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Stephen Hawking, Luddite

Many dislike changing their communications technology. Hawking is among them.
January 5, 2012

With the evolution of smartphones and applications like Skype, we’ve all changed the way we transmit our voice over the last decades–some more eagerly than others. The problem of voice is a very special one, though, for the iconic physicist Stephen Hawking, whose motor neurone disease has long made him dependent on voice synthesizing technology.

The New Scientist’s Catherine de Lange has a fascinating interview with Sam Blackburn, the man who has been in charge of the great physicist’s voice for the last five years (Blackburn recently decided to resign his post). Among the revelations: that one of our foremost minds in physics can be as irritated by technological change as the rest of us. “Steven has a stubborn attitude towards this sort of thing. He feels that he has to prove he can still use his existing system,” Blackburn tells de Lange.

I saw Hawking speak in 2010 at the World Science Festival. Like many who had only been exposed to Hawking through TV beforehand, I was surprised by the length of time it took for Hawking to compose a sentence in time for it to be spoken by his voice synthesizer. Blackburn reveals that the problem is actually growing worse; Hawking’s facial muscles are the only ones that he can control well, but “those are fading too, unfortunately.” As a result, explains Blackburn, the system has slowed to a crawl, and it takes Hawking about a minute to compose a single word. Blackburn and Hawking have mulled other ideas–eye-tracking, brain scanning, and so forth–but Hawking is somewhat reluctant. He has nixed brain surgery or head-shaving.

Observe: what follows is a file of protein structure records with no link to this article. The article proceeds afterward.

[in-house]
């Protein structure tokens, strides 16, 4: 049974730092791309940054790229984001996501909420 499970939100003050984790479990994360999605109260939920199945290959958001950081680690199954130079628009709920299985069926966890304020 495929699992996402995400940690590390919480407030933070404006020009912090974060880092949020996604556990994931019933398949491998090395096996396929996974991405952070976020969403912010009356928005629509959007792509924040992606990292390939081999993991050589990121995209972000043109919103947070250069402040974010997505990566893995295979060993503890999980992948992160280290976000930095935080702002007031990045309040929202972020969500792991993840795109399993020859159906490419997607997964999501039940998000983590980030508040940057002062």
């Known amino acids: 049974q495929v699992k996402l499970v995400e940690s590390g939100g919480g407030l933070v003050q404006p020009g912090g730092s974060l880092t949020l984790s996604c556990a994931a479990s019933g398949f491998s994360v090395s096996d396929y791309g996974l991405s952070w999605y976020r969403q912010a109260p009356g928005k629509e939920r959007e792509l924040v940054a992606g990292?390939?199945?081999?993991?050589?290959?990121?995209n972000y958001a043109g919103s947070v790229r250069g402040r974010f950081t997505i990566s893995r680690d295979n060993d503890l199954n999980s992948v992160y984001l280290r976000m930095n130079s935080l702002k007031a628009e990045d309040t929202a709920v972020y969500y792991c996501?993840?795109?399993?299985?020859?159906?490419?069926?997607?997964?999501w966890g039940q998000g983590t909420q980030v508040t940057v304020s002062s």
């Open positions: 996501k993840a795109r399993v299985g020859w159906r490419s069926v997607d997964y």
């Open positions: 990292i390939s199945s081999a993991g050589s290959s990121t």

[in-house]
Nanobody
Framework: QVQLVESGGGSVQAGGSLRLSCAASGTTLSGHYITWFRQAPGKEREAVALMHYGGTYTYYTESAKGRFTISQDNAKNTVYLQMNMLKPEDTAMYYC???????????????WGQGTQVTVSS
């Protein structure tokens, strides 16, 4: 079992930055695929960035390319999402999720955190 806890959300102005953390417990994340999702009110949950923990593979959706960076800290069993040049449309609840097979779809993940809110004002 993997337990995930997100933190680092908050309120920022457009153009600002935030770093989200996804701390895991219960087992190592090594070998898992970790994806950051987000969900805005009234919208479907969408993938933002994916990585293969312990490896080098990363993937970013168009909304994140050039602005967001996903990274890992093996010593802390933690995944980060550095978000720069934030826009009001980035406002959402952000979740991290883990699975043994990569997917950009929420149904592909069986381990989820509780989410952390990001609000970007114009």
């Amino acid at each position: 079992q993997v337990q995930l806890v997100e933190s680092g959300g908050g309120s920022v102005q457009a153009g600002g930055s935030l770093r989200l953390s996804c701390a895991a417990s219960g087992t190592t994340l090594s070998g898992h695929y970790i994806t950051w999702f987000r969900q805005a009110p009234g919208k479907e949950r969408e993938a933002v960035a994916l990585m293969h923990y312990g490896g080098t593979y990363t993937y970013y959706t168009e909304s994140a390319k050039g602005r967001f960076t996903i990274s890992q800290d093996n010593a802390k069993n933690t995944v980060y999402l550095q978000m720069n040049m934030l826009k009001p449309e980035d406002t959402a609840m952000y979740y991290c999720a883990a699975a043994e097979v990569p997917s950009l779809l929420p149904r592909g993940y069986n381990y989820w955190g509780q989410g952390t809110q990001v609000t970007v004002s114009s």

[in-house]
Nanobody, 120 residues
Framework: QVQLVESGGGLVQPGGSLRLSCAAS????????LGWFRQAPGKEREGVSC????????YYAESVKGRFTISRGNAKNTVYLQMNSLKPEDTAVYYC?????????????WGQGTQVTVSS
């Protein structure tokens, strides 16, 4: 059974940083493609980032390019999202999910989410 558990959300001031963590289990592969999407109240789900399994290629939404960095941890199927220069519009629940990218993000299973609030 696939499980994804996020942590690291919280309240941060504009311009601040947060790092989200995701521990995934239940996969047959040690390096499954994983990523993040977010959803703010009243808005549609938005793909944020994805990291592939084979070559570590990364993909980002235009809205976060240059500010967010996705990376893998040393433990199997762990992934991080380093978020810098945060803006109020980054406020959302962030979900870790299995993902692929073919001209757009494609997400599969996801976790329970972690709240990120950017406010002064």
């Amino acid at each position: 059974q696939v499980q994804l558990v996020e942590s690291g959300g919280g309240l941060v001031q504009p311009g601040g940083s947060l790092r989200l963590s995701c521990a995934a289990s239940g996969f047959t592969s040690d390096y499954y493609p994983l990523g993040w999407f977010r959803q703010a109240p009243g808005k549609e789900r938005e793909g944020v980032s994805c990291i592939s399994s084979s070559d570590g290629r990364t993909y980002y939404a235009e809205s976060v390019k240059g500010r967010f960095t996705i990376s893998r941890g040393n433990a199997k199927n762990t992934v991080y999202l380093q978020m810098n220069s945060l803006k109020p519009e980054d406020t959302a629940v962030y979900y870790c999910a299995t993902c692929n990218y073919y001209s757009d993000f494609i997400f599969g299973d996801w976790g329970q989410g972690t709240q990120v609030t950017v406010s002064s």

Hawking doesn’t dislike all technology, of course (it’s a bit of playful overstatement on my part to call him a “Luddite”). According to a 2010 BBC interview with Blackburn, Hawking was even an early adopter of email. Blackburn also revealed in that interview that Hawking hates it when you complete his sentences for him: “If he is halfway through saying something and it’s taking ages, the urge to guess what he is saying is overwhelming. Sometimes you get it right and it saves about five minutes, and sometimes you get it wrong and it just irritates him.”

Interestingly, Hawking’s voice is itself contingent to a particular moment in technology; he might easily shift his voice to something less robotic sounding, but he has come to be identified with the voice we all know well. “[I]t wouldn’t be Stephen’s voice any more,” as Blackburn puts it, if he were to update it.

The reason why Hawking is particularly circumspect about altering his voice technology is that it could open a sort of vicious circle; as Blackburn puts it: “incremental improvement is much easier for him to accept than a radical new system, because the learning curve associated with that is very steep. Stephen wouldn’t be able to ask for help because the very thing he wouldn’t be able to use would be the speech system.”

The whole interview is a great read, so click through. It’s a perspective-giving reminder, too, for the next time you fret over your iPhone-or-Android decision. For Hawking and those who suffer from similar ailments, the choices they face regarding communications technology are far more fraught.

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